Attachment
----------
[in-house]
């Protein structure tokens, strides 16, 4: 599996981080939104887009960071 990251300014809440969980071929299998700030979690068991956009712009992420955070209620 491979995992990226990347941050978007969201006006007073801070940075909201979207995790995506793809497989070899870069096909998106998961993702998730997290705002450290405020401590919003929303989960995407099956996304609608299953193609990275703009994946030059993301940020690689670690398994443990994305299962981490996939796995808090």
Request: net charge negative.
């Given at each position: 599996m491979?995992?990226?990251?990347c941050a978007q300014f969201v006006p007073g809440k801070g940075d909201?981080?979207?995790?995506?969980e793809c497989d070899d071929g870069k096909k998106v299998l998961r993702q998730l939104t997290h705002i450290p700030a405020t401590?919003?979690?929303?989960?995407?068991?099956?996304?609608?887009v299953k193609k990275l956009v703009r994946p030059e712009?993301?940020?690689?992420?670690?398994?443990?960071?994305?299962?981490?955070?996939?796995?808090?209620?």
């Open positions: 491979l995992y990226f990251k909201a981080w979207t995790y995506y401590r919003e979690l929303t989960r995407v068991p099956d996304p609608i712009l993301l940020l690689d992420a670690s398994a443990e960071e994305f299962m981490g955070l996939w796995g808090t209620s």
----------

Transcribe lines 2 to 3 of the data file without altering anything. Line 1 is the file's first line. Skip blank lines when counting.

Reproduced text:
């Protein structure tokens, strides 16, 4: 599996981080939104887009960071 990251300014809440969980071929299998700030979690068991956009712009992420955070209620 491979995992990226990347941050978007969201006006007073801070940075909201979207995790995506793809497989070899870069096909998106998961993702998730997290705002450290405020401590919003929303989960995407099956996304609608299953193609990275703009994946030059993301940020690689670690398994443990994305299962981490996939796995808090």
Request: net charge negative.